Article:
Eurobites: Plot Thickens Over Egypt's 'Free Basics' Ban

Also in today's EMEA regional roundup: NB-IoT drives smart parking in UAE; Amazon reportedly considering a stake in HERE; Telenor's Friday feeling.

  • The Egyptian government blocked Facebook 's Free Basics no-frills Internet service at the end of 2015 because the social media giant refused to enable the government to circumvent the service's security and spy on its users, Reuters claims. Free Basics, which has courted controversy in other parts of the world, was launched in Egypt in October, allowing anyone with a connection to access a limited set of Internet services, including Facebook, for free. (See India Deals Death Blow to Facebook's Free Basics .)

  • Etisalat -- which was one of the operators dragged into Egypt's Free Basics shenanigans -- has teamed up with Huawei Technologies Co. Ltd. in the UAE to launch what they say is the first successful trial of smart parking in the Middle East using narrowband IoT (NB-IoT) technology. (See IoT's Year Zero.)

  • Amazon.com Inc. (Nasdaq: AMZN) is looking at taking a stake in HERE, the mapping company that was bought off Nokia by a consortium of German carmakers, according to a Reuters report. It is thought that Amazon would be a good fit in that it could provide the cloud-computing power that the consortium needs to keep its mapping services up to date.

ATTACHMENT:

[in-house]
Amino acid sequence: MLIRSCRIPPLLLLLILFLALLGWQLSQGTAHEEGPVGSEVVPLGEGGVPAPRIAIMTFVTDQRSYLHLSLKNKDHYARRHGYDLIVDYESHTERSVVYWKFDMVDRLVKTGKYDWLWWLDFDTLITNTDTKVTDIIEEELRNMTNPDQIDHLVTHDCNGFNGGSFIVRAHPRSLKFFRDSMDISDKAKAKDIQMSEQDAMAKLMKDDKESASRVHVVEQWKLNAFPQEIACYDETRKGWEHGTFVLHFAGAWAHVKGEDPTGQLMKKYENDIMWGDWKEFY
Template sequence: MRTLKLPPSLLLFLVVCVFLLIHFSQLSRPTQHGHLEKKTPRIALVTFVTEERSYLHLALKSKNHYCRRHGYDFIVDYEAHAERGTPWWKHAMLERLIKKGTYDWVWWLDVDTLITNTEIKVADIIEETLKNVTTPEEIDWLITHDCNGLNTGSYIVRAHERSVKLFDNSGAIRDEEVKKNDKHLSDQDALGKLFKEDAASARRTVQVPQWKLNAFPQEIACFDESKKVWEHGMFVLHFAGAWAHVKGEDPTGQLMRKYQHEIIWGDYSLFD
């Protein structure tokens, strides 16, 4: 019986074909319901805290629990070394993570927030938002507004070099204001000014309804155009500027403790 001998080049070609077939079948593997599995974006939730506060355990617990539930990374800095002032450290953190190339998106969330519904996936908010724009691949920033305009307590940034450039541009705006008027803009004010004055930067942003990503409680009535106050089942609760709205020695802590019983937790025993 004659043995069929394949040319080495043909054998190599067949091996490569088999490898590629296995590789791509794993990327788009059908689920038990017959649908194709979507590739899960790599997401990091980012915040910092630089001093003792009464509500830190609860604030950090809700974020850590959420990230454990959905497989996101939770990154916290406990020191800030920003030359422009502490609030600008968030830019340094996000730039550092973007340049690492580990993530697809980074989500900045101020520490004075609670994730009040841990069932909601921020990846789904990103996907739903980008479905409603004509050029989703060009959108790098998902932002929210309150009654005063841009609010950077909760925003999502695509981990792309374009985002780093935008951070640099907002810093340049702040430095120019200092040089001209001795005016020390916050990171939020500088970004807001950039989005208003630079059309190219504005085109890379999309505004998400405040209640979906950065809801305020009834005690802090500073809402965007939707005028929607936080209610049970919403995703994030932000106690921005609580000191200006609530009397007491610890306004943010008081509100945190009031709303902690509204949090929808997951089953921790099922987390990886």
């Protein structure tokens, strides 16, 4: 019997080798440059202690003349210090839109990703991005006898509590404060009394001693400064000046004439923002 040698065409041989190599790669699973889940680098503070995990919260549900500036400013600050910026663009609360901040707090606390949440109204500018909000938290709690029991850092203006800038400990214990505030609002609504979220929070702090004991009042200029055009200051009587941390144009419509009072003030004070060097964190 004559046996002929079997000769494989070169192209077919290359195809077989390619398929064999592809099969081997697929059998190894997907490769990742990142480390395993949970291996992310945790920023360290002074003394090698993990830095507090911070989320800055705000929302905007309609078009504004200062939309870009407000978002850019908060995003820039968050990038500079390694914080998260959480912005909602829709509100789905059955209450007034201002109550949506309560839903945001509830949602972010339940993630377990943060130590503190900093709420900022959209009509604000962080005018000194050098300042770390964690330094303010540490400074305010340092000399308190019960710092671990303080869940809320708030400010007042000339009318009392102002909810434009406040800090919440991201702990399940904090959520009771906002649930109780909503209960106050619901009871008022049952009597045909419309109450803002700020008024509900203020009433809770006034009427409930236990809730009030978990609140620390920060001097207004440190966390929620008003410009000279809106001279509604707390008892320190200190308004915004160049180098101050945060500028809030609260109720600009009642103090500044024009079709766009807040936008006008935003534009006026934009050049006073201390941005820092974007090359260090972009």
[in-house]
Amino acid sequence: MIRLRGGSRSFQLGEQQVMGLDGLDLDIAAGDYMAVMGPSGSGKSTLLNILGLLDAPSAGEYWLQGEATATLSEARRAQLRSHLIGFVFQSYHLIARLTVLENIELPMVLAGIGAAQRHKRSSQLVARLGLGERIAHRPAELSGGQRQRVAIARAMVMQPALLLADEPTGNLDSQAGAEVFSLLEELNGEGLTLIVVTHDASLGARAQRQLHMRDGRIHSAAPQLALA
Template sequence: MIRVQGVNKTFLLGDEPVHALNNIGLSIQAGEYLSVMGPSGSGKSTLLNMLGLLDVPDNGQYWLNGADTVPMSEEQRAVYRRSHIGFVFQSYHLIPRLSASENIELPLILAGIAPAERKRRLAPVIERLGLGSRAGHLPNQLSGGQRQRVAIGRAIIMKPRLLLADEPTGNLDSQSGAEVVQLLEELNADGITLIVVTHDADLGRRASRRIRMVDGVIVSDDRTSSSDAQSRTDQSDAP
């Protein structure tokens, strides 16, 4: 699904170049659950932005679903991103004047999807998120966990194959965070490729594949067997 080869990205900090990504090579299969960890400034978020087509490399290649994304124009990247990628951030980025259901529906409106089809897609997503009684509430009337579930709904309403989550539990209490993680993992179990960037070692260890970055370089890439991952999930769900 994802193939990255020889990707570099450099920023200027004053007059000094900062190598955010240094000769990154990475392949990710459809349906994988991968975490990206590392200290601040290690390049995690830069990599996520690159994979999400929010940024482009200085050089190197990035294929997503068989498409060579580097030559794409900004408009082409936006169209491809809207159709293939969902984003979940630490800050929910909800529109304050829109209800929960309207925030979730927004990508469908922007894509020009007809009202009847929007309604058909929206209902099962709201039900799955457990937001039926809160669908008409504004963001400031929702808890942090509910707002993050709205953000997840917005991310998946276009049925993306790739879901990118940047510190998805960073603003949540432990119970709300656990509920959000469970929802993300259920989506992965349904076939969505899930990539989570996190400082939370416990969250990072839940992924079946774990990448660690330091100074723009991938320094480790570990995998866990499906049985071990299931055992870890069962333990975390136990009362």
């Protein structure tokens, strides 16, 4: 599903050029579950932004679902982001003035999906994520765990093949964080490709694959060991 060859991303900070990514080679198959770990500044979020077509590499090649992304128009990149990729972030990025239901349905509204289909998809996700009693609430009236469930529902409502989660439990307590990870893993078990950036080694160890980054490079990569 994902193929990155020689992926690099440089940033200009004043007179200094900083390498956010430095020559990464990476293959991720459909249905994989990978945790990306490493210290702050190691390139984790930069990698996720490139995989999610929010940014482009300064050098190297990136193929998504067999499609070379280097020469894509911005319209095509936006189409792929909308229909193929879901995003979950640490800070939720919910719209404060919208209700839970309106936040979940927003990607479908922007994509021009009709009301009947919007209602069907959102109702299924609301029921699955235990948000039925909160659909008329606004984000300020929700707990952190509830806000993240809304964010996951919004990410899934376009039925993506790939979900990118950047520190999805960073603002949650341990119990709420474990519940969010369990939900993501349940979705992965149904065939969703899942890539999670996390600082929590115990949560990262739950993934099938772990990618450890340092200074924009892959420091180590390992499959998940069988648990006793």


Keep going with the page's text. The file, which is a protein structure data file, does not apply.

• Openet Telecom Ltd. , the Irish BSS specialist, is making its free Weaver NFV software available for download anywhere in the world. Weaver, says the vendor, works to upgrade software and/or configurations within the existing VMs (virtual machines) instead of simply creating new VM instances.

  • NEC Europe has appointed Masahiro Ikeno as its new president and CEO. Ikeno previously served as vice president of NEC's Global Business Unit, where he was responsible for NEC's business operations in North America, Latin America and EMEA.

  • UK mobile operator EE , now a part of the BT Group plc (NYSE: BT; London: BTA) empire, is creating 210 new jobs in North Tyneside in its customer service and sales departments. EE has around 14,000 employees in total.

  • Oh, those zany Norwegians: Telenor Group (Nasdaq: TELN) is getting into the spirit of this special Friday by announcing that "Textese", or the language of SMS, will henceforth become the official corporate language of the company. "After careful calculation, we predict that Textese will reduce the amount of time spent preparing and reading written communication by more than 80%," said an underworked PR person, in a statement.

    — Paul Rainford, Assistant Editor, Europe, Light Reading

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